MONTRÉAL, June 14, 2018 /CNW Telbec/ - The day after the president/executive director of the Montréal West Island Integrated University Health and Social Services Centre (IUHSSC) left, interim director Lynne McVey seems to be following her predecessor's old recipe for dealing with employees: empty rhetoric with no connection to realities on the ground, and unkept promises. That's the conclusion drawn by the Alliance du personnel professionnel et technique de la santé et des services sociaux (APTS), given the memos issued by Ms. McVey.
From the union's standpoint, there is no basis for talking about "solid foundations" at the IUHSSC when 62% of a crucial class of personnel is suffering from psychological distress related to work. The APTS had presented the findings of its survey of members to the IUHSSC's Board of Directors on March 1, 2017, including the proportion of its members (62%) experiencing a high or very high level of psychological distress. "Since then, no concrete measures have been taken to improve the lot of employees," said Josée Asselin, the APTS provincial representative. "The employer promised to create a committee to promote greater well-being at work, which so far only exists on paper – with a very broad mandate and no budget."
Given the work overload and skyrocketing wait lists, the union also questions the interim director's choice of terms when she talks about "continuing on the path of excellence" and "ensuring continuity." In youth protection, for example, at the Direction de la protection de la jeunesse, 80 families are currently waiting to be followed, and 281 children are waiting for an assessment. For youth workers, not being able to properly meet these children's needs in a timely manner is taking its toll. In the past two years, close to a dozen experienced youth workers have left this department – resigning, taking sick leave, or changing departments. "There's no cause for pride when children in distress are left without the support they need for more than four months because of a lack of resources," the union spokesperson asserted.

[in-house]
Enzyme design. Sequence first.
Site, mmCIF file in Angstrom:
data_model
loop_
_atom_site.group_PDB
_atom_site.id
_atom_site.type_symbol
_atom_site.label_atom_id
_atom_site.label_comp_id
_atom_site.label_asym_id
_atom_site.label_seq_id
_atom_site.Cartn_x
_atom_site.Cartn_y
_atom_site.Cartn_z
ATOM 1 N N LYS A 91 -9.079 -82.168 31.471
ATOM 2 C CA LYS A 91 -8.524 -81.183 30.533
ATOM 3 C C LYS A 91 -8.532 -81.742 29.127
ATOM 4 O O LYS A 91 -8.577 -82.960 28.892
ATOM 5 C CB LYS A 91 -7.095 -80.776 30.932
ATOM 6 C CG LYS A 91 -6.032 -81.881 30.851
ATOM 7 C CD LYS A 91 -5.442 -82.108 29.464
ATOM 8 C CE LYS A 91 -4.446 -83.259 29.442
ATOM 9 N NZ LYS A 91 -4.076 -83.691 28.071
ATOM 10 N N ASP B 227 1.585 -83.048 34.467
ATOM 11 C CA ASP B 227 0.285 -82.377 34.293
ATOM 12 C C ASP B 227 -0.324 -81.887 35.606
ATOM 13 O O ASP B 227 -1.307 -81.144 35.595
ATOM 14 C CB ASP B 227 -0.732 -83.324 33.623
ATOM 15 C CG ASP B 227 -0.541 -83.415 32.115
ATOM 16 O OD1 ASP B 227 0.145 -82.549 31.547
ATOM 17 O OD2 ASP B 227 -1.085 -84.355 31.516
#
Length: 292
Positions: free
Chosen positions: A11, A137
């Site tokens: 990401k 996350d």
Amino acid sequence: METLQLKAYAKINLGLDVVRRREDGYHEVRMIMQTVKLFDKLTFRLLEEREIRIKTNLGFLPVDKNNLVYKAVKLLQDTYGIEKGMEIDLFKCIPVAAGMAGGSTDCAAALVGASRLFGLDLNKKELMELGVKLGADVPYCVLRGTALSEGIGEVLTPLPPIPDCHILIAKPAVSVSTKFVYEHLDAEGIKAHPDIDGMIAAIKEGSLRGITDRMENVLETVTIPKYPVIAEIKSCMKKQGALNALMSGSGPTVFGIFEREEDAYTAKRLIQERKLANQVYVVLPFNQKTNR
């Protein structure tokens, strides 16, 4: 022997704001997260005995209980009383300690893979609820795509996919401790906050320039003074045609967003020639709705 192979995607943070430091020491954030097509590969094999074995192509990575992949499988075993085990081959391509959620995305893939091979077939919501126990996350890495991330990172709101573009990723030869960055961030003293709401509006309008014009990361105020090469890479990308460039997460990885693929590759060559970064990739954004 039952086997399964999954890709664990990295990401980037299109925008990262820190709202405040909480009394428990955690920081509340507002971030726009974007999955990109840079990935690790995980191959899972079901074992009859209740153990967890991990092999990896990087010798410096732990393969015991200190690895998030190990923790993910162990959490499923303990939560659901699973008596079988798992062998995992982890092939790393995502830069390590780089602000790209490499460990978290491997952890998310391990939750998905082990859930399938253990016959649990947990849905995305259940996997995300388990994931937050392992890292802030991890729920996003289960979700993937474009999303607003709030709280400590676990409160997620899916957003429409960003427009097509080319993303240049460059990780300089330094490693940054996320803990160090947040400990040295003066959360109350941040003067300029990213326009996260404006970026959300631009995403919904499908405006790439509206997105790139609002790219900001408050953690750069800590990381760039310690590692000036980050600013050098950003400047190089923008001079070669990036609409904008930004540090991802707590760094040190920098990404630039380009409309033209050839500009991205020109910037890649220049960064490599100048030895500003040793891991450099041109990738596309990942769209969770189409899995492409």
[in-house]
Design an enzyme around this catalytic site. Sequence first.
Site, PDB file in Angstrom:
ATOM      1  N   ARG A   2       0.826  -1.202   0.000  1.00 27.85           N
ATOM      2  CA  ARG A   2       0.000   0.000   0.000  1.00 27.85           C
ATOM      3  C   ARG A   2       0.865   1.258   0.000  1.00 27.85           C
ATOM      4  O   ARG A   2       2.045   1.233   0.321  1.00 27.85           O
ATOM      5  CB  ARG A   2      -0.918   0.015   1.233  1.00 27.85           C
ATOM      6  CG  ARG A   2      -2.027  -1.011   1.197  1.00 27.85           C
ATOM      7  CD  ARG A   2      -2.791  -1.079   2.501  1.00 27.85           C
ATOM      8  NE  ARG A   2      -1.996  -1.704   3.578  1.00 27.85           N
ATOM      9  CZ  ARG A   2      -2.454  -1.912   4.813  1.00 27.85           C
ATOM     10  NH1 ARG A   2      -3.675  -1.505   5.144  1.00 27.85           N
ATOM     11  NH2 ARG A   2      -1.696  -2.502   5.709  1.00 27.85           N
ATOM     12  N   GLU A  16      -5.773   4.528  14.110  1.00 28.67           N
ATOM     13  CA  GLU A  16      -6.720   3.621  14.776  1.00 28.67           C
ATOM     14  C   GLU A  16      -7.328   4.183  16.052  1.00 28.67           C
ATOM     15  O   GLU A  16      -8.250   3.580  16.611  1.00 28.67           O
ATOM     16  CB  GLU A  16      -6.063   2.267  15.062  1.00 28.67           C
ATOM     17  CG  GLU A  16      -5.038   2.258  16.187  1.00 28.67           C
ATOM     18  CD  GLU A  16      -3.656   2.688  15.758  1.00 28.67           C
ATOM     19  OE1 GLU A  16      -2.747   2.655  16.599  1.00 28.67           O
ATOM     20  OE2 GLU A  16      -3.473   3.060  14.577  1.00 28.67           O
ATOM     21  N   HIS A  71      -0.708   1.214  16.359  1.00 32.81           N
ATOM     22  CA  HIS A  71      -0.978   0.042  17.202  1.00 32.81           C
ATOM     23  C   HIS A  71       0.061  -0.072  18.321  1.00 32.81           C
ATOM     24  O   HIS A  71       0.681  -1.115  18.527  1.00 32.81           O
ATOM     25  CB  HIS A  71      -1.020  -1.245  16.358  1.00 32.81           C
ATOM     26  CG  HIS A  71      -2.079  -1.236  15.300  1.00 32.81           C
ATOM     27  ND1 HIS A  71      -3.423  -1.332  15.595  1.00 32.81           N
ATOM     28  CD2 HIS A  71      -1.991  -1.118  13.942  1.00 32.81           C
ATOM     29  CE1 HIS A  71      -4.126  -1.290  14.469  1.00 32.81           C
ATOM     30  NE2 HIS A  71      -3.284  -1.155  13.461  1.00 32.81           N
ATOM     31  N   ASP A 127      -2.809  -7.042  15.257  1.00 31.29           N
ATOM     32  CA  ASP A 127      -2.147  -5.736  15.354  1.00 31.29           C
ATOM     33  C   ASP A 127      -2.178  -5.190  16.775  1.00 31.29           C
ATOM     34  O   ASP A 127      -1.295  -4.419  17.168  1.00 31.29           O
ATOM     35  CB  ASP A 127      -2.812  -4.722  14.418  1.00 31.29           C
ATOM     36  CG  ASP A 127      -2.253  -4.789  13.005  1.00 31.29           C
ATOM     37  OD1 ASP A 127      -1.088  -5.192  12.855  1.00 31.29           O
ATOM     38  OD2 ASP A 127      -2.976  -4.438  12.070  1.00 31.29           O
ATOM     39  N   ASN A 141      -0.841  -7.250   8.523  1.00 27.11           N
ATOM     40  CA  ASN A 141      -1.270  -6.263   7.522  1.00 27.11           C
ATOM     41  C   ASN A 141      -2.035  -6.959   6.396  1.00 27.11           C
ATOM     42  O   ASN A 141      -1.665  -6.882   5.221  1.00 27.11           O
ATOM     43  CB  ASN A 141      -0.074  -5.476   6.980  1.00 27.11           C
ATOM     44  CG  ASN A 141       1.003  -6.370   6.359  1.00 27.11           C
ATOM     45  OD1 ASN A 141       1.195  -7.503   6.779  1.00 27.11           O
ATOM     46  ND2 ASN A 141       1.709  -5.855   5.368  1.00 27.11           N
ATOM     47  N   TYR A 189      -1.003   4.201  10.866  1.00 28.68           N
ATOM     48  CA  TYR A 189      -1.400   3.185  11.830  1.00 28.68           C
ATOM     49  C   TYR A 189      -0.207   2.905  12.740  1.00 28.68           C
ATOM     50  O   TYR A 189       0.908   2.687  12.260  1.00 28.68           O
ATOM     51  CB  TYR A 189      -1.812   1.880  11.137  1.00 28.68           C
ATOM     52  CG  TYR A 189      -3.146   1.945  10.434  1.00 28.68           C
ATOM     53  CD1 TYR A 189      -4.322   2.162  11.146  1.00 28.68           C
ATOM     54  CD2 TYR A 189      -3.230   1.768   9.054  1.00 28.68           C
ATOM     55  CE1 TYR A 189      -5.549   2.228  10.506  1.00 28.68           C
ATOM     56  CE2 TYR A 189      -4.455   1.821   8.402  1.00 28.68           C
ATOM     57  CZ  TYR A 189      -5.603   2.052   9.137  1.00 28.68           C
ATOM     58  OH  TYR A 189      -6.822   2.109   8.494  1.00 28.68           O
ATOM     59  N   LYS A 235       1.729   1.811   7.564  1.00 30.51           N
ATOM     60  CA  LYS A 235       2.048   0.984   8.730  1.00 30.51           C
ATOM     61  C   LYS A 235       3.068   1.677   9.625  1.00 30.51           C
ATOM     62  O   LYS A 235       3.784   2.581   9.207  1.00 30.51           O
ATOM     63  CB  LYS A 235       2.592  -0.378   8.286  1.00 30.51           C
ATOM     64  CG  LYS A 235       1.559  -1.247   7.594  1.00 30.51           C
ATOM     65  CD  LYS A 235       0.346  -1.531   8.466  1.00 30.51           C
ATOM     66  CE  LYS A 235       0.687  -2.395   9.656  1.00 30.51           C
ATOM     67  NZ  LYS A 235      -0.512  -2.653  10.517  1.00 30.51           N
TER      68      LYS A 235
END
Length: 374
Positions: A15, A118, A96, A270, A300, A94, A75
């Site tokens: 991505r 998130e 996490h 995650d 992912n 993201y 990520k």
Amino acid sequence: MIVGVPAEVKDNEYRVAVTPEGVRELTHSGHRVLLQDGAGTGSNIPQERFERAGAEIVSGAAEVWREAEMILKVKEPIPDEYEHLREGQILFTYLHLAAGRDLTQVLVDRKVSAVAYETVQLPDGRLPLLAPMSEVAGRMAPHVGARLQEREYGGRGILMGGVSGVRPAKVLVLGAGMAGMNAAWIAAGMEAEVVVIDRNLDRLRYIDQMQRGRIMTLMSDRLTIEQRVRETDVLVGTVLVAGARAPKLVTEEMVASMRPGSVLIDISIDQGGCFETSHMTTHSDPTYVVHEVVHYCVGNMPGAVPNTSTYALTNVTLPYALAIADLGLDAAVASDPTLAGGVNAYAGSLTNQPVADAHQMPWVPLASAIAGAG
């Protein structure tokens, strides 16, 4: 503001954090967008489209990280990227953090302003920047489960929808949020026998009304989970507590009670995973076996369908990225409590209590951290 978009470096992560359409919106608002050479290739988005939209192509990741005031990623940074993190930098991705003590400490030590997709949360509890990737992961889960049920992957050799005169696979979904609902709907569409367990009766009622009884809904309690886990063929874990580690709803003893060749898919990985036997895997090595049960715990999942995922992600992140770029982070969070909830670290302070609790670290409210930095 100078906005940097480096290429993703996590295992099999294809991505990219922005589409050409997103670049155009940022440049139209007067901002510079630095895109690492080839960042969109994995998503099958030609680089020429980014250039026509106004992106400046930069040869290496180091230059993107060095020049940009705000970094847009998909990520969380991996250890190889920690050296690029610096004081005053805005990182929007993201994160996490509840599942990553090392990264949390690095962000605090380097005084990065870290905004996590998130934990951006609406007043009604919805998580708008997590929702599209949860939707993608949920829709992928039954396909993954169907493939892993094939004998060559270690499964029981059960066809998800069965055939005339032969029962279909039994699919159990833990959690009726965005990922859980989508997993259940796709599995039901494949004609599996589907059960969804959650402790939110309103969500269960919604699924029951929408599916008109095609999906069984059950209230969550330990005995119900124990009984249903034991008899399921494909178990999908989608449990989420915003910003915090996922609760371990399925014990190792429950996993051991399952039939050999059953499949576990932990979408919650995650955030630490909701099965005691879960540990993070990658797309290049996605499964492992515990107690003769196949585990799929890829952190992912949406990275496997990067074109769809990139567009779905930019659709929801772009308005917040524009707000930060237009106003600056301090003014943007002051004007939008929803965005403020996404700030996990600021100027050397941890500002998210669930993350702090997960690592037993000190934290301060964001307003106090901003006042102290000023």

To help and encourage its members, the APTS has submitted proposals at the local bargaining table that deal with professional practice and responsibilities, but the management bargaining team has rejected them out of hand. "If the new director really wants to "facilitate communication" as she claims, she should take off her blinders and be attentive to her employees, who are calling for management to actually listen and take the necessary action. Hello? Anybody there?"
With 55,000 members, including 2,059 at the CIUSSS Montréal West Island, the APTS is an indispensable public-sector union in health and social services. It represents professionals and technicians in over a hundred job titles, in diagnostic services, rehabilitation, nutrition, psychosocial intervention, clinical support and prevention services.
SOURCE Alliance du personnel professionnel et technique de la santé et des services sociaux (APTS)
For further information: Chantal Mantha, Communications Officer, Telephone: 514.236.9287 (cell.)